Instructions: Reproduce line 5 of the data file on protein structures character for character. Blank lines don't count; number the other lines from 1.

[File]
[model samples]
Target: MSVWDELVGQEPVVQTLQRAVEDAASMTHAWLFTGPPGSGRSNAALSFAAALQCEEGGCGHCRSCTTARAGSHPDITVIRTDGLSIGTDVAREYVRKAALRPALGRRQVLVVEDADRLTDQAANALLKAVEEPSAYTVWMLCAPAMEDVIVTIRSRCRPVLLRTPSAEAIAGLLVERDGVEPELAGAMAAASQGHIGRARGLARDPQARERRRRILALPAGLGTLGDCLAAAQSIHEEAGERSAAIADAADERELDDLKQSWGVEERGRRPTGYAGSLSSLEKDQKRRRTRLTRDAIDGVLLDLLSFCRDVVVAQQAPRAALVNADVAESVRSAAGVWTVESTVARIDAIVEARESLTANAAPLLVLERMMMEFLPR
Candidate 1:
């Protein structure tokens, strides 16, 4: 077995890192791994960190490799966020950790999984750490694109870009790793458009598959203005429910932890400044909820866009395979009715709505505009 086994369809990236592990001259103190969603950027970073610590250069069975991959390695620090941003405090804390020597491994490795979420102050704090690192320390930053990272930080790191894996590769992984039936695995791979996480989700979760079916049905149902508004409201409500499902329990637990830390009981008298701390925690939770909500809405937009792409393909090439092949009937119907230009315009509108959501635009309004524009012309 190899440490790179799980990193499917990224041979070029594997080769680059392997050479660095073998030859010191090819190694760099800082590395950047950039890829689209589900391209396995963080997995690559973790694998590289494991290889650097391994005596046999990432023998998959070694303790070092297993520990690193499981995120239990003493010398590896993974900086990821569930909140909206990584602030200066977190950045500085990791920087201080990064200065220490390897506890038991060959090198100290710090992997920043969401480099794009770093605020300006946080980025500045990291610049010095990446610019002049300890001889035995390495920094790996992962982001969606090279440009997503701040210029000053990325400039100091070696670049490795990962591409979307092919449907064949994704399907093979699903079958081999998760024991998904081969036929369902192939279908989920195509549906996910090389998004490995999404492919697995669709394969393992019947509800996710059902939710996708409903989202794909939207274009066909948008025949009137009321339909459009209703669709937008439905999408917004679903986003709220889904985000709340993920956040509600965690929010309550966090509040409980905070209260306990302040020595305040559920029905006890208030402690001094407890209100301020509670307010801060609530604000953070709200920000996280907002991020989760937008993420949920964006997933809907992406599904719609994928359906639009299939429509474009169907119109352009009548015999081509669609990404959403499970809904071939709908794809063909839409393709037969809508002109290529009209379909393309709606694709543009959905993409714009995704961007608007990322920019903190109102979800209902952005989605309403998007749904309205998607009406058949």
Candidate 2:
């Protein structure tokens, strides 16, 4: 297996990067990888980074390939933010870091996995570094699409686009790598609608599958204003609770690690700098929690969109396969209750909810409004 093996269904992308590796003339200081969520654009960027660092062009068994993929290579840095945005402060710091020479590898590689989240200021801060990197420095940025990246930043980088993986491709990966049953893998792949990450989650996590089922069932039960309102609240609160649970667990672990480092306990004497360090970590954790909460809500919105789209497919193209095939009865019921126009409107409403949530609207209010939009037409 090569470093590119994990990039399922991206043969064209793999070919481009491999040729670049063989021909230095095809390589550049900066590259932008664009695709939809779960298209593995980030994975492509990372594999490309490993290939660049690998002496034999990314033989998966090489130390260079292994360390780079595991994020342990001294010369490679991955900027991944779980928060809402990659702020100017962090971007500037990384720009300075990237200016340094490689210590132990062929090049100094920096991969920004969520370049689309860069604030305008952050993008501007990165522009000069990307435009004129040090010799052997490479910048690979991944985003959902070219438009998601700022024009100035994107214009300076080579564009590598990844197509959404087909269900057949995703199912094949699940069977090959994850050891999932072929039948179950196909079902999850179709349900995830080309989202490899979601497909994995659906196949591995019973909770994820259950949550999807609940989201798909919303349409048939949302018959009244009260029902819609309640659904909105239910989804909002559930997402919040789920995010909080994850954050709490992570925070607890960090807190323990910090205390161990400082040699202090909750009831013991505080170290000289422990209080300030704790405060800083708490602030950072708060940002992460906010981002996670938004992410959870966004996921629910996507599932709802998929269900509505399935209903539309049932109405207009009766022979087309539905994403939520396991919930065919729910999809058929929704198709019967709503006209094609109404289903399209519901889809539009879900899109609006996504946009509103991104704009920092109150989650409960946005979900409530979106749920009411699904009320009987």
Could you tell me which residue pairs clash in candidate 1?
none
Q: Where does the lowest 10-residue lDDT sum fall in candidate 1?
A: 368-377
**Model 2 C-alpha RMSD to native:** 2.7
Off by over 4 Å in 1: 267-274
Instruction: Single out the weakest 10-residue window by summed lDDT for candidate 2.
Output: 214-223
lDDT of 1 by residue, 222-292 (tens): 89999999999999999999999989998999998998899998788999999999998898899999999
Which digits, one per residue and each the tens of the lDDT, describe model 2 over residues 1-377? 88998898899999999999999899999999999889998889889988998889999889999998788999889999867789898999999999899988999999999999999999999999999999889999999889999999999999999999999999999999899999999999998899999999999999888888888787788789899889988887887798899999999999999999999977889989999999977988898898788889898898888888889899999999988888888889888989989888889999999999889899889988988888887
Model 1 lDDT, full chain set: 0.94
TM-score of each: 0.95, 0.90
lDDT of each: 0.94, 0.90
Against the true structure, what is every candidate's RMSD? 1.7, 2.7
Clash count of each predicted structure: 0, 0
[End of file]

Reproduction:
Candidate 2: